Community Ownership, Leadership, and Inclusion Required in the Green Economy

Over the past twenty years, the U.S. has seen devastating racial inequities in income, wealth, criminal justice, and health.  Income insecurity has disproportionately risen during the economic recovery.  The number of African Americans earning minimum wage increased by 16.6% and Latinos by 15.8% compared to 5.2% for White Americans.  Wealth disparities are at record highs with White median wealth being 20 times greater than Black median wealth and 18 times greater than Latino median wealth. Disparities in the justice system include African Americans composing 40% of the prison population yet only 13% of the general population.  Health inequities in heart disease, asthma, and HIV/AIDS further restrict economic opportunities and wealth creation by draining time, energy, and resources in communities of color.  These racial inequalities are interconnected. They help define local and regional economic opportunities and determine the human, financial, and social capital available to create sustainable economies.

To combat these disparities and expand the possibilities for work, ownership, well-being, and justice, we must advance economic models that value and enhance democratic participation, individual and community assets, local knowledge and capacity, shared wealth creation, and good jobs with living wages, retirement security, and upward mobility.  Community-owned utilities and worker cooperatives are two models to further these equity goals. 

As the green economy continues to grow and spur cleaner forms of energy cultivation and distribution, community-owned utilities will be central to a “green revolution.”  Community-owned utilities include communities cooperatively financing, owning and/or operating utilities.  This model of cooperative economic development is growing in communities exploring solar, wind, and geothermal businesses. From an urban center in Oakland, California to a suburban community in Greenbelt, Maryland to a rural area of Philippi, West Virginia, best practices and replicable models of community-owned utilities exist throughout the United States.  These community-owned enterprises provide viable options for job training, local hiring, inclusive contracting, asset building, lower utility prices, local control, and direct environmental benefits.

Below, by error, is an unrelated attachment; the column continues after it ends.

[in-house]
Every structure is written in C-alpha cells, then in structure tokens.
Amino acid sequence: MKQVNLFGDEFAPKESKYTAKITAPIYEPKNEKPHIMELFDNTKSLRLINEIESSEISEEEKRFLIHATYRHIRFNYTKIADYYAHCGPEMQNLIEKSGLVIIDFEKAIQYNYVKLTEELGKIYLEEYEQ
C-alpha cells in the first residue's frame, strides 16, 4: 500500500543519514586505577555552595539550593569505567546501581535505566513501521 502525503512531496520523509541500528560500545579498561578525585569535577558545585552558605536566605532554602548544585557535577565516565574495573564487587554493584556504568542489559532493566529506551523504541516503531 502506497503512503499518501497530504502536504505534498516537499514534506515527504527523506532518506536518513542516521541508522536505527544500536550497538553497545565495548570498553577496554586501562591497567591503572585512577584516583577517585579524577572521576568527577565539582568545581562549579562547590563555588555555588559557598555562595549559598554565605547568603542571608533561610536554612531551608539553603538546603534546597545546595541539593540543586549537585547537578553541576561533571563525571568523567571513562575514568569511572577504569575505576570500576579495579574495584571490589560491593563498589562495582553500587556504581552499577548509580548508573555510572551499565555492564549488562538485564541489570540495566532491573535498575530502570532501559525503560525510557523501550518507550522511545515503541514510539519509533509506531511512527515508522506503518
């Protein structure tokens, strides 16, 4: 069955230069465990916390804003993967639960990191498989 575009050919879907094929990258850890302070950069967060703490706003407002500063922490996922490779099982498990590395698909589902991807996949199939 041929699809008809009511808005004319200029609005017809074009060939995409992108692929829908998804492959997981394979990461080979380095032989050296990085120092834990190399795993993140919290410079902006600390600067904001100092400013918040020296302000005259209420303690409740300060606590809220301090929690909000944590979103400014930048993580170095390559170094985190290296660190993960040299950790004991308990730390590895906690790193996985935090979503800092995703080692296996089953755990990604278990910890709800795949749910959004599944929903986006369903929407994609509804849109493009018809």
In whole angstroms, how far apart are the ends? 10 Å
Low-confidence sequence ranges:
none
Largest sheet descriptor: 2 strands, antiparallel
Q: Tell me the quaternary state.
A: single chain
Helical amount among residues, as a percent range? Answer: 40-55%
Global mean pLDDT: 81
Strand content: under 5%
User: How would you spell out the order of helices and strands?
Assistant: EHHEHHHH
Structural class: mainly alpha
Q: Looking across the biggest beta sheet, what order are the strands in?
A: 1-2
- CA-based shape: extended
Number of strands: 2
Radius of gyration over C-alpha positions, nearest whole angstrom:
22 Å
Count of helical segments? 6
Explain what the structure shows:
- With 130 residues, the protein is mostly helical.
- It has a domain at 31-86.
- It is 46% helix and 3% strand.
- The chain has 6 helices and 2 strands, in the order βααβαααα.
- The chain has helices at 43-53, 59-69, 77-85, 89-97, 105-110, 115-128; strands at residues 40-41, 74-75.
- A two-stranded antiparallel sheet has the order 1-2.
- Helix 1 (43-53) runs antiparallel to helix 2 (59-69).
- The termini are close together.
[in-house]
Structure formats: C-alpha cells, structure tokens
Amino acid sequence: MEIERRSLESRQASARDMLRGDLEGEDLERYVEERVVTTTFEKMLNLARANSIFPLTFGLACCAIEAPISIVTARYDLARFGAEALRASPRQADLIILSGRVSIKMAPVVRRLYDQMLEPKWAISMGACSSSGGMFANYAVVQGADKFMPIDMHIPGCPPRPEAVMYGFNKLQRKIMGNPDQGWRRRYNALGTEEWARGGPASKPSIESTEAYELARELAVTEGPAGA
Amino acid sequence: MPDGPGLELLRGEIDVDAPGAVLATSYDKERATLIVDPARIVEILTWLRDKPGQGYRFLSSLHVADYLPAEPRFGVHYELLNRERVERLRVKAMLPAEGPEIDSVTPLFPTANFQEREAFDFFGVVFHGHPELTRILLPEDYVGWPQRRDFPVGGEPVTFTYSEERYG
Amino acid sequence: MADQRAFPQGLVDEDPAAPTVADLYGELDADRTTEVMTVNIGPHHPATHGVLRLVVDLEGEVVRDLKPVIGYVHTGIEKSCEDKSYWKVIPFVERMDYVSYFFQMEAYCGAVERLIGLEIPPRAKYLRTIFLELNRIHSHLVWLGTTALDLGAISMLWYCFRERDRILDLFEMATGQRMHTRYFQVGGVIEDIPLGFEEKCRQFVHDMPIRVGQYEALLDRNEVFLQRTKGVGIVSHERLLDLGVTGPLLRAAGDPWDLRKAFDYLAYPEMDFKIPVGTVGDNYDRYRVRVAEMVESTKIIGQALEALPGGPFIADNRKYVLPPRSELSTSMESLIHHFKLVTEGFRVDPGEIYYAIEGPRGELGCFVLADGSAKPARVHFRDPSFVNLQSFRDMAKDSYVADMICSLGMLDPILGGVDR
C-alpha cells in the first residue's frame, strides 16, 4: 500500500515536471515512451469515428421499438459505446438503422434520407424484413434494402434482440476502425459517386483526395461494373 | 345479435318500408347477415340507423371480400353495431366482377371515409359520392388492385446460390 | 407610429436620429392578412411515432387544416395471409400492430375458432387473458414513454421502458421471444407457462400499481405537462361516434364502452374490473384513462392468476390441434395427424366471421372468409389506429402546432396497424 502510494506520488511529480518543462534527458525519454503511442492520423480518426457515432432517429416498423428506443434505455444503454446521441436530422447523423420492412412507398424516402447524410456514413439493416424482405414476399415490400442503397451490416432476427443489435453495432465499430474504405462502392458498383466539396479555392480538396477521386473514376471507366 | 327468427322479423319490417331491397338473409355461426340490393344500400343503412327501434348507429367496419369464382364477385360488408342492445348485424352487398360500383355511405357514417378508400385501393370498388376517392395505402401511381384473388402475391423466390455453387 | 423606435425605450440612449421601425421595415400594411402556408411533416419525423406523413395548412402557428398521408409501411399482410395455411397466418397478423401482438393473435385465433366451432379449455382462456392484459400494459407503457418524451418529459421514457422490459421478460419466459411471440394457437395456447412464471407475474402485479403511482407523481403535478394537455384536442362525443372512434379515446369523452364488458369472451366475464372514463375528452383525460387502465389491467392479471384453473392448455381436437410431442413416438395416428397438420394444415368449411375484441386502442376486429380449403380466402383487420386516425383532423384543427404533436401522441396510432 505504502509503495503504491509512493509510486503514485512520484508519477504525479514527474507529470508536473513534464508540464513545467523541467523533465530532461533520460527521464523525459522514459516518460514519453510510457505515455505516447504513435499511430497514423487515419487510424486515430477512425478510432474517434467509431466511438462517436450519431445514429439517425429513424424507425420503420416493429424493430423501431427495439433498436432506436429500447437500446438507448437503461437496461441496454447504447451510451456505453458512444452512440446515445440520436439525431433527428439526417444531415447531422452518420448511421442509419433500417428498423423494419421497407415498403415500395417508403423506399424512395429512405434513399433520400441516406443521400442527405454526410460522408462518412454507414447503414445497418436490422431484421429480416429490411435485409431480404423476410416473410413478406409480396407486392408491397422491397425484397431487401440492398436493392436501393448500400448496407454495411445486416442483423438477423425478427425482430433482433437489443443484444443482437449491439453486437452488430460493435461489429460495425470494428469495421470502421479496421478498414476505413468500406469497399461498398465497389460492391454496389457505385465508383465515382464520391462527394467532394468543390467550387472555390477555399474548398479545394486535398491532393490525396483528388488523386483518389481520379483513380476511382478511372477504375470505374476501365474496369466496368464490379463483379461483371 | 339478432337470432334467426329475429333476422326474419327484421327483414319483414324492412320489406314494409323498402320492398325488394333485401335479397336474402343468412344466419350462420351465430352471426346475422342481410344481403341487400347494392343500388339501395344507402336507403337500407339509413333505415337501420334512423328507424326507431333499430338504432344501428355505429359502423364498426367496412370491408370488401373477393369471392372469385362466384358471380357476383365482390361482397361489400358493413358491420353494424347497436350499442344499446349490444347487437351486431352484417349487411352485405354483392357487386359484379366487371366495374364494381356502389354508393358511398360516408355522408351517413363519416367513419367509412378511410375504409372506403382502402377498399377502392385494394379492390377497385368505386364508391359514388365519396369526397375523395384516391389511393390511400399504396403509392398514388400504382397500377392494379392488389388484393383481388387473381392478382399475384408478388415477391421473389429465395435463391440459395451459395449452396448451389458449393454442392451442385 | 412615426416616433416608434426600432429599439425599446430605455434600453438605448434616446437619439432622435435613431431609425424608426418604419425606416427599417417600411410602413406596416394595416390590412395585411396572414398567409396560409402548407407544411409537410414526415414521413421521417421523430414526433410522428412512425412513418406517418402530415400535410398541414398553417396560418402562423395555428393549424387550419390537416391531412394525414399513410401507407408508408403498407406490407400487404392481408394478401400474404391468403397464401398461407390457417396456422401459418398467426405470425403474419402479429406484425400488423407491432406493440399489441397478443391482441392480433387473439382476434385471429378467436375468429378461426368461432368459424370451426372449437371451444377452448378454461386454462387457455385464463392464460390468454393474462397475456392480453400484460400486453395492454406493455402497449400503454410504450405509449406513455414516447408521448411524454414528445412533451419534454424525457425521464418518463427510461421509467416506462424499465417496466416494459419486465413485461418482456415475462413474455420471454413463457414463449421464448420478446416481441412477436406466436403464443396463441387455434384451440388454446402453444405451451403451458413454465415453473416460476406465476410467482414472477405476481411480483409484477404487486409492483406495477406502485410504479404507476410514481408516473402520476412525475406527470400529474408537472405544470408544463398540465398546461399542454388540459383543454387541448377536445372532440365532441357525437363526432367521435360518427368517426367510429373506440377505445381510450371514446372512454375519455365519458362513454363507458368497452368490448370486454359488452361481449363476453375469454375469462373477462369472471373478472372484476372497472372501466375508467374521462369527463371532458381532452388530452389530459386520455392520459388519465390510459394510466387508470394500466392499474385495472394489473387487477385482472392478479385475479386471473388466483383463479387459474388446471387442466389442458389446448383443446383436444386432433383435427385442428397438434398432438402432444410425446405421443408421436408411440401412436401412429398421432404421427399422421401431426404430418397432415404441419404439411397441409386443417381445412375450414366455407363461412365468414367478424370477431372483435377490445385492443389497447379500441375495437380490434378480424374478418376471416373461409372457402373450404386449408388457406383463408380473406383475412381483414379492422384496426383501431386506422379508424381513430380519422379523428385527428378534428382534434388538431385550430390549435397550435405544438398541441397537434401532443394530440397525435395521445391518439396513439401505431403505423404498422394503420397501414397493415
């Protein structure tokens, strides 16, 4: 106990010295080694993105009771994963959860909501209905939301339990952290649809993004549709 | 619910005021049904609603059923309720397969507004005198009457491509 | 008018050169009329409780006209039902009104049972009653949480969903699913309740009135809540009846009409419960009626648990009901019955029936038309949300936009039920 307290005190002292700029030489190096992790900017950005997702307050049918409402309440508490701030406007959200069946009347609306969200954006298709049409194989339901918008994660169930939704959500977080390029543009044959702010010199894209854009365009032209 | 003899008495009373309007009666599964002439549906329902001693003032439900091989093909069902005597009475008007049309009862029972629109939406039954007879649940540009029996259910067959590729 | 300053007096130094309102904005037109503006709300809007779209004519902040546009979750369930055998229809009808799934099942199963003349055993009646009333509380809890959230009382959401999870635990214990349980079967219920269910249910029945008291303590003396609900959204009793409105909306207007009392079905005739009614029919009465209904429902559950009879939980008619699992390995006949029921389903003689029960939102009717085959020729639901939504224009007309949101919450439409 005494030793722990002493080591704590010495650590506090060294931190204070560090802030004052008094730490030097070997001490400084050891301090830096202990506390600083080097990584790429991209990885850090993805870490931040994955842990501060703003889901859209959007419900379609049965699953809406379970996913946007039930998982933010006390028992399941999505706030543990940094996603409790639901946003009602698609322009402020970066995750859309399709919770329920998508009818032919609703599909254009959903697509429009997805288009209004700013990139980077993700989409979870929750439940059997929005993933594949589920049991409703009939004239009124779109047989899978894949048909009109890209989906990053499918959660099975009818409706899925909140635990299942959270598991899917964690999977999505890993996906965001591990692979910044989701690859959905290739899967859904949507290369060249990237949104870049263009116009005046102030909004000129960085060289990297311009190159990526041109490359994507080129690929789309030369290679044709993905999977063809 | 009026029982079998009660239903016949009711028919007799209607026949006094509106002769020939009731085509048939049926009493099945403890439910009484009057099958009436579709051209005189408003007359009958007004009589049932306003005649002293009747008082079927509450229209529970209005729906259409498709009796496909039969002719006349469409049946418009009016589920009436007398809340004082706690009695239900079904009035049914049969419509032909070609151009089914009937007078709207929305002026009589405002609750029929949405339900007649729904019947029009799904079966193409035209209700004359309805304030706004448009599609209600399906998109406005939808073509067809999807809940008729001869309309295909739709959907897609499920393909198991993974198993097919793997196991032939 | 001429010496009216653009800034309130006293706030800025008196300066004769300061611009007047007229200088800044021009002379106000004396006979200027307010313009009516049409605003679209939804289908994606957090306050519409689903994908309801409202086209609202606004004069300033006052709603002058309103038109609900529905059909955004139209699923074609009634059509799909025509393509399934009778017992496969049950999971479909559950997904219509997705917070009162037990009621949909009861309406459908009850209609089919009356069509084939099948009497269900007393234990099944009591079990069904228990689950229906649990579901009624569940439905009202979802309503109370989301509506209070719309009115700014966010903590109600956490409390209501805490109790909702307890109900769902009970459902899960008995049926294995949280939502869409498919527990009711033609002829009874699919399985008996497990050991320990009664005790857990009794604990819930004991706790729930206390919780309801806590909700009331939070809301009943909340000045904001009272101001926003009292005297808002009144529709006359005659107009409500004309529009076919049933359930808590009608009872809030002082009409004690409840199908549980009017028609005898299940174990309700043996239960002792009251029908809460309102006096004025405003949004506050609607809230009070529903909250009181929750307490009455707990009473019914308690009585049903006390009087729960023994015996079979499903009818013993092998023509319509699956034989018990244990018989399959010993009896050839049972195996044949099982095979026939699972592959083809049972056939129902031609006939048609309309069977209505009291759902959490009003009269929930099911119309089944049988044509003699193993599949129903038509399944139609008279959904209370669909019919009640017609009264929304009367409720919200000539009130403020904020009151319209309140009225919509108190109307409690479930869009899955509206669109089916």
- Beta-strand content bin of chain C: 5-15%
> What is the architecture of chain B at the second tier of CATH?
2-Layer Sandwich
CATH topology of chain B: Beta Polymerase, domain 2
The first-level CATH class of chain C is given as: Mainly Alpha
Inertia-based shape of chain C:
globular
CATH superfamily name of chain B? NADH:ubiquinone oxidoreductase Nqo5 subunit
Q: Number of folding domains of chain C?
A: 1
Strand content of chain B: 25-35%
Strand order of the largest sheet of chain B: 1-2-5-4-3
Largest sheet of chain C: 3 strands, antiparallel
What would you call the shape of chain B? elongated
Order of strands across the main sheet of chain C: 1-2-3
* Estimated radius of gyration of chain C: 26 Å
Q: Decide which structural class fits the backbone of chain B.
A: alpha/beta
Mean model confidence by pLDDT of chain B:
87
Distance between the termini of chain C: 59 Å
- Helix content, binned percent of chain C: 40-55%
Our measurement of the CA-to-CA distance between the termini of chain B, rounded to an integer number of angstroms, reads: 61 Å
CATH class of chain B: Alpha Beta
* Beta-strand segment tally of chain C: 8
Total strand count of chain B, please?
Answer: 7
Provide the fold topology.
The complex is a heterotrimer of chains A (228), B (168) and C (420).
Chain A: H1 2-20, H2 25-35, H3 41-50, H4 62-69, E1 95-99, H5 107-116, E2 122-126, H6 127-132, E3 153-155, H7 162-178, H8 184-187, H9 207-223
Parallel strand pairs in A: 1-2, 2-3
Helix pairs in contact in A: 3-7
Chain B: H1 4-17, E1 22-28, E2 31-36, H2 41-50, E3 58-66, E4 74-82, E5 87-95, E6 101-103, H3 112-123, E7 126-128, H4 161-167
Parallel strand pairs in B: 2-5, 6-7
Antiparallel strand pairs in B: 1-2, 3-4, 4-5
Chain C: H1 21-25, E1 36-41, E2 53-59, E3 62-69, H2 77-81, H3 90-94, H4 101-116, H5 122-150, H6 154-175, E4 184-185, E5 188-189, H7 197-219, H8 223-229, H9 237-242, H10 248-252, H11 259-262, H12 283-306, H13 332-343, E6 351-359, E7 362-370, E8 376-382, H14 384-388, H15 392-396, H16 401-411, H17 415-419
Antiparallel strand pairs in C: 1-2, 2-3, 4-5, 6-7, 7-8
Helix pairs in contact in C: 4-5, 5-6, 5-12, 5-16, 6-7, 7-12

In addition to community-owned utilities, worker cooperatives are another vehicle for sustainable and equitable community economic development.  Unlike the worker vs. owner structure of most workplaces, a worker cooperative model is a worker-owner model, in which those who own the enterprise and determine its actions are those who are the enterprise’s workers.  Worker cooperatives in the green economy take multiple forms from businesses weatherizing homes and commercial facilities to those producing locally grown produce or manufacturing and distributing green household cleaning products.

Community-owned utilities and worker cooperatives hold out the possibility for communities of color to determine the answers to critical community economic development questions:

• Who benefits from job and wealth creation? 
• Who bears the human and environmental costs of development?
• What types of jobs are created (low-wage vs. living-wage jobs)?
• Where does development happen?
• Where are jobs located?
• How are job creation decisions made and job retention incentives distributed?
• How do communities most impacted by business development gain more jobs, greater wealth, and enhanced well-being throughout the life of a business?

The who, what, where, and how of job creation and retention often determine the roles local communities play in controlling their own economic development, and ultimately, their economic destiny.  For communities of color to benefit from the green economy we must answer these critical economic justice questions by advocating for good jobs and building community-owned and controlled green enterprises that affirm shared prosperity, greater inclusion, and justice for all.

In the 50th anniversary year of the March on Washington for Jobs and Freedom during which Dr. Martin Luther King, Jr. shared his dream for America, we must remember that jobs and freedom, prosperity and justice, well-being and inclusion are not mutually exclusive, but fundamentally linked.  The future of communities of color, and in fact, the nation, requires nothing less than our collective action to make this dream an American reality.  The growing frontier of the green economy presents many opportunities for all of us to create this reality together.

The NAACP invites you to join us at Bridging the Gap: Connecting Black Communities to the Green Economy on Monday, April 15th to continue the dialogue and action needed to create an economy in which there is truly “liberty and justice for all.”